On August 28, a three-story building was set on fire in a small town near the western German city of Hamelin. A family from Zimbabwe had just moved there. Firefighters soon found the cause of the blaze under the eleven-year-old son Alvin's bed: a Molotov cocktail. It had been tossed into the ground floor of the building. Hundreds of cases of such homicidal violence have occurred in Germany this year. To give a comparison: in 2011, 18 attacks on refugee accommodation were recorded and now, four years later, the number has gone up to more than 600.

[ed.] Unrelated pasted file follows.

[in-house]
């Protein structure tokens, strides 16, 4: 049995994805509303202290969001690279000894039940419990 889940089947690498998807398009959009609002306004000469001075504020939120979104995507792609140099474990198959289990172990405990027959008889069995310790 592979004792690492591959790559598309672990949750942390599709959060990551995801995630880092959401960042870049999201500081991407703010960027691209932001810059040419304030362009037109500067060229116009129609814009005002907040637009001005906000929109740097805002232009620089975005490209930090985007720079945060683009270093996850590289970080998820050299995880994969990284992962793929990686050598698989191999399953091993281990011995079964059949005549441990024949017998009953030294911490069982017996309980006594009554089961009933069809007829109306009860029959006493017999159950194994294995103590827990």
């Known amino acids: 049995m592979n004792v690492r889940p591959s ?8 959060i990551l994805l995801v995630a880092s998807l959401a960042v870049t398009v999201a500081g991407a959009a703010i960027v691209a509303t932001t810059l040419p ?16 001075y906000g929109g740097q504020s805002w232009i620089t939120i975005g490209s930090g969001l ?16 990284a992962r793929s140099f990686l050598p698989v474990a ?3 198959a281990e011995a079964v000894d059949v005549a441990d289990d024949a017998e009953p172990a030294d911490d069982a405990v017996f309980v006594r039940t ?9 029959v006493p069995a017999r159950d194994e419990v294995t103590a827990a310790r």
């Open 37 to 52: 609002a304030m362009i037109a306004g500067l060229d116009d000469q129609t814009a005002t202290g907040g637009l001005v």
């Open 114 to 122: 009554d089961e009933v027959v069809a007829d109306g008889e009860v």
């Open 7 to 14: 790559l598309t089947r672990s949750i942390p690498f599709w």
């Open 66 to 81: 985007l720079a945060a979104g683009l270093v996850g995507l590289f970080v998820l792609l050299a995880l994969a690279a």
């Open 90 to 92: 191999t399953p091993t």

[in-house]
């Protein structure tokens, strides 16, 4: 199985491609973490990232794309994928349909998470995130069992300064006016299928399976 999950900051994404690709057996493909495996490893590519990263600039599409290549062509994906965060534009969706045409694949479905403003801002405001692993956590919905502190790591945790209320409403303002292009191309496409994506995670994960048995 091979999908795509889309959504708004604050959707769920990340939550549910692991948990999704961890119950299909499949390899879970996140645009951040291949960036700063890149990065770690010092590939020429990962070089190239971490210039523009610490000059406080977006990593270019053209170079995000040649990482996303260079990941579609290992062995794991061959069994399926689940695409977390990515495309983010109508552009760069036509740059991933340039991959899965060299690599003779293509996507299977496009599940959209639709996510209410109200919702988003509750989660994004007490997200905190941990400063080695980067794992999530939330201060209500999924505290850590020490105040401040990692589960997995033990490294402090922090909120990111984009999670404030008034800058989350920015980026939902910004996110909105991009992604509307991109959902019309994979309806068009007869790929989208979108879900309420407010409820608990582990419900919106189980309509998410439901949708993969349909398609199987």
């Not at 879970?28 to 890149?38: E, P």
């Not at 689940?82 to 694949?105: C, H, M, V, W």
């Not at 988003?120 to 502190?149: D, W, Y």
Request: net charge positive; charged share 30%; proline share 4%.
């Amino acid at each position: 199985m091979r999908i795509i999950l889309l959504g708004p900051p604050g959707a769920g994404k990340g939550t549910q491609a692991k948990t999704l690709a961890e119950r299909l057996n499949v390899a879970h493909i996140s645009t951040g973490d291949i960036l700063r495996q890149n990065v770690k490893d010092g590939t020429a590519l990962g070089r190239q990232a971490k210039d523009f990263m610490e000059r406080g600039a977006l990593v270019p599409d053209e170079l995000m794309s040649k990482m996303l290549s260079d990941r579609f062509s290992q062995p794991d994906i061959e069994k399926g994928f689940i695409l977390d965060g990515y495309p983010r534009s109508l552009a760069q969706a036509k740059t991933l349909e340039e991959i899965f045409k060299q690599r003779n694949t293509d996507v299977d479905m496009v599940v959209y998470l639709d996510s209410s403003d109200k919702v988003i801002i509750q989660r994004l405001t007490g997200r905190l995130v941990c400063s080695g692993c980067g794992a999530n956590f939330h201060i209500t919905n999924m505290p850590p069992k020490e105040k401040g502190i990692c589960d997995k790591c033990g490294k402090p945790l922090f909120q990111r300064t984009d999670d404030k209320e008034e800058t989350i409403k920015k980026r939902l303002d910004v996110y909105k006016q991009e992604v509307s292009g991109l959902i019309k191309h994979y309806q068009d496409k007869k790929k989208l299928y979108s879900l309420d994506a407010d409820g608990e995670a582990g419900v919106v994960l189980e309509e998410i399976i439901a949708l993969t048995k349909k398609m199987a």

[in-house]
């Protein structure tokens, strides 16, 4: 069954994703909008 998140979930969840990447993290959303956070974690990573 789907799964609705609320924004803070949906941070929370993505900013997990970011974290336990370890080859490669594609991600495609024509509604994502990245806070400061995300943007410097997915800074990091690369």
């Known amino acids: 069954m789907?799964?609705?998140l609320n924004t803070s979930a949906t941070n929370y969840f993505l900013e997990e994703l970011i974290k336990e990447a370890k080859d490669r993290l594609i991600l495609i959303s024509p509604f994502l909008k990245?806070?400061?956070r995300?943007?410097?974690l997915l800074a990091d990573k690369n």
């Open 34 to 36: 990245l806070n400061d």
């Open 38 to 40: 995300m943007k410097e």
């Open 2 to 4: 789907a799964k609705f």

But Germany also showed its positive side in 2015. Thousands of volunteers, from school-age children to pensioners, took care of Syrians, Afghans and Iraqis arriving in Germany. Children were given teddy bears and chocolates, and parents got help with bureaucracy. Active support was dubbed a "culture of welcome." Outside of Germany, people were astonished at the "crazy Germans," and even the Germans themselves were a little moved by their own big-heartedness. Germany and the refugees was the predominant topic of the year. Even the practically unassailable Chancellor Angela Merkel seems to be foundering a bit after opening borders to those seeking protection.